The Inquisitor’s Palace, sited in the heart of Vittoriosa, is one of the very few surviving examples of a style of palace that would have been found all over Europe and South America in the early modern period. Many such buildings succumbed to the ravages of time or became victims of the reactionary power unleashed by the French Revolution against the ancien regime and all it represented. The fact that Malta’s palace, throughout its five centuries of history, always hosted high-ranking officials representing the main ruling powers on the Island helped ensure its survival.
The palace also survived the Second World War and the threat of modern development. Although its successive occupants changed much in the structure of the building, the Inquisitor’s Palace remains an architectural gem, representative of the chequered history and European heritage of the Islands.
The palace was not built purposely as a residence for the Inquisitor. It was erected in the 1530s as the civil law courts of the Order of St John soon after the Knights arrived in Malta. It continued to serve as law courts until 1571, when the Order transferred its headquarters to Valletta after the siege of 1565.
The palace then remained empty, but not for long. Mgr Pietro Dusina arrived in Malta in 1574 as the first general inquisitor and apostolic delegate of the Maltese Islands. The Grand Master offered him the unused palace as an official residence. Almost all successive inquisitors sought to transform the palace into a decent mansion. They all shared the same cultural values of clerical baroque Roman society, and by the mid-18th century they had managed successfully to transform the building into a typical Roman palace.
The Inquisitor’s Palace is now home to the museum of Ethnography. It focuses on the popular devotions and religious values latent in Maltese ethnic identity and culture up to the present day. The palace was the ideal place to emphasise such a concept since the raison d’être of the Inquisition was to model popular devotions and religious culture and make them conform to the official doctrines sanctioned by the Church and imposed by the Council of Trent (1545-63). The Council dictates moulded Catholic faith and practice until the mid-20th century and influenced all major Catholic ceremonies, including the most important - rites of passage of birth, marriage and death.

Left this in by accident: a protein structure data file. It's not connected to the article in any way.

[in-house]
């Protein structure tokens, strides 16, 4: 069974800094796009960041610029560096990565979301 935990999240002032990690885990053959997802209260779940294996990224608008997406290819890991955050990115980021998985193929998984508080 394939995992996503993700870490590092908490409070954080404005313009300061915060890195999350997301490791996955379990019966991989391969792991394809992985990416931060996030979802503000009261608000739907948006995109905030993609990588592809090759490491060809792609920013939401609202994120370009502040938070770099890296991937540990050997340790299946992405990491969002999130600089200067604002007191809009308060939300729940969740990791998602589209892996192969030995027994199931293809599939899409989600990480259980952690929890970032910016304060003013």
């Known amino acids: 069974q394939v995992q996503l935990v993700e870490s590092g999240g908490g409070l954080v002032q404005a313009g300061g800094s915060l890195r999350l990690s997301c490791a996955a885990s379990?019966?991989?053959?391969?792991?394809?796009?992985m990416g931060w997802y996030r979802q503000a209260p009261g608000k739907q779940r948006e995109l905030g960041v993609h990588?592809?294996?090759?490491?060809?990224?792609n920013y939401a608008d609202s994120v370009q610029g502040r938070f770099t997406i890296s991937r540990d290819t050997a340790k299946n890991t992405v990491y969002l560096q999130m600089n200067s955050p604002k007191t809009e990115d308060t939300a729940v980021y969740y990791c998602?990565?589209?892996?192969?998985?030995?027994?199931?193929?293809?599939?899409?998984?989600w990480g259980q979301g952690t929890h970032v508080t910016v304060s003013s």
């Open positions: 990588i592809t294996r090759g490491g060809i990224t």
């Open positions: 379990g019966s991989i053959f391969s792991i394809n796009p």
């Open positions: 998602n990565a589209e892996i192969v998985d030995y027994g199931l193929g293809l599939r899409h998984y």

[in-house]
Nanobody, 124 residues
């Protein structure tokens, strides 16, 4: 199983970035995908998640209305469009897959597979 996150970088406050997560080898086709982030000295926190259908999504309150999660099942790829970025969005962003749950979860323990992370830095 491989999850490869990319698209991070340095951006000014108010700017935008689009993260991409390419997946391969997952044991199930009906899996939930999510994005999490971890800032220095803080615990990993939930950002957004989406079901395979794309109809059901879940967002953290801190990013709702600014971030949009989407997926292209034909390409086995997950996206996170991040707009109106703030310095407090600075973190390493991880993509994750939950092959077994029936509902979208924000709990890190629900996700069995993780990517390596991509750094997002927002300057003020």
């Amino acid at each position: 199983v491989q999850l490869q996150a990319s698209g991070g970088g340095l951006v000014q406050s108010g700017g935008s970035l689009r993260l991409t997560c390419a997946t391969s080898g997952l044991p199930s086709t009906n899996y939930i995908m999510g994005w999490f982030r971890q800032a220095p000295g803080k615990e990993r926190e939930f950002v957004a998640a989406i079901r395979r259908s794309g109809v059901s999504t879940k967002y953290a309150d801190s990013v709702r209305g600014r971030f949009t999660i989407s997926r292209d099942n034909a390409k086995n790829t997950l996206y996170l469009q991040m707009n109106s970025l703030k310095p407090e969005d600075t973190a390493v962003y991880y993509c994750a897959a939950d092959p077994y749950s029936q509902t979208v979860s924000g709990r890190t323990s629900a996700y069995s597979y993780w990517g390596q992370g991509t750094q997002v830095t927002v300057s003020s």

Today, the Inquisitor’s Palace is being given a new lease of life. Careful historical reconstruction of the palace is under way based on extensive research of documents in the Inquisition archives in Malta and at the Vatican. In addition to the display areas in the tribunal room, the prison complex, and the kitchen which are already restored, there is a permanent exhibition on the impact of the Inquisition on Maltese society. The exhibition studies themes such as the Eucharist, the Holy Family confession, preaching, and the cult of saints.